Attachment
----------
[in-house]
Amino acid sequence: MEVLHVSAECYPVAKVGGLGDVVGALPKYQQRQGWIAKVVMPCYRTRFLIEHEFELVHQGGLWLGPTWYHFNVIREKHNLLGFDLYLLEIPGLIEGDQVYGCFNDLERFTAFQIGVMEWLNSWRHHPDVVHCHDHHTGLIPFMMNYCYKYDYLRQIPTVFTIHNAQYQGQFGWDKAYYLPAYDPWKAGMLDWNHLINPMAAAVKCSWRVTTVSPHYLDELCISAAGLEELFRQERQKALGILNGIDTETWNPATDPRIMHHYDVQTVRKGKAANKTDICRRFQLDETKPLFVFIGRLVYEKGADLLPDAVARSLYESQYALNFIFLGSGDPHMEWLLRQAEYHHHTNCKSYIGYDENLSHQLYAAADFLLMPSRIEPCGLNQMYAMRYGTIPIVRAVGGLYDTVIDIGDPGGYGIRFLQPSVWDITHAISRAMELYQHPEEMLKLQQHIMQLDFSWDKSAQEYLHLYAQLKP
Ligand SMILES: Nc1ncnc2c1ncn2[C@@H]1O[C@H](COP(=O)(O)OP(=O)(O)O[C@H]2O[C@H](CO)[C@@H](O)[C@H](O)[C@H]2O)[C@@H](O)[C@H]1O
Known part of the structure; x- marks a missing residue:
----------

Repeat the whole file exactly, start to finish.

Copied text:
[in-house]
Amino acid sequence: MEVLHVSAECYPVAKVGGLGDVVGALPKYQQRQGWIAKVVMPCYRTRFLIEHEFELVHQGGLWLGPTWYHFNVIREKHNLLGFDLYLLEIPGLIEGDQVYGCFNDLERFTAFQIGVMEWLNSWRHHPDVVHCHDHHTGLIPFMMNYCYKYDYLRQIPTVFTIHNAQYQGQFGWDKAYYLPAYDPWKAGMLDWNHLINPMAAAVKCSWRVTTVSPHYLDELCISAAGLEELFRQERQKALGILNGIDTETWNPATDPRIMHHYDVQTVRKGKAANKTDICRRFQLDETKPLFVFIGRLVYEKGADLLPDAVARSLYESQYALNFIFLGSGDPHMEWLLRQAEYHHHTNCKSYIGYDENLSHQLYAAADFLLMPSRIEPCGLNQMYAMRYGTIPIVRAVGGLYDTVIDIGDPGGYGIRFLQPSVWDITHAISRAMELYQHPEEMLKLQQHIMQLDFSWDKSAQEYLHLYAQLKP
Ligand SMILES: Nc1ncnc2c1ncn2[C@@H]1O[C@H](COP(=O)(O)OP(=O)(O)O[C@H]2O[C@H](CO)[C@@H](O)[C@H](O)[C@H]2O)[C@@H](O)[C@H]1O
Known part of the structure; x- marks a missing residue: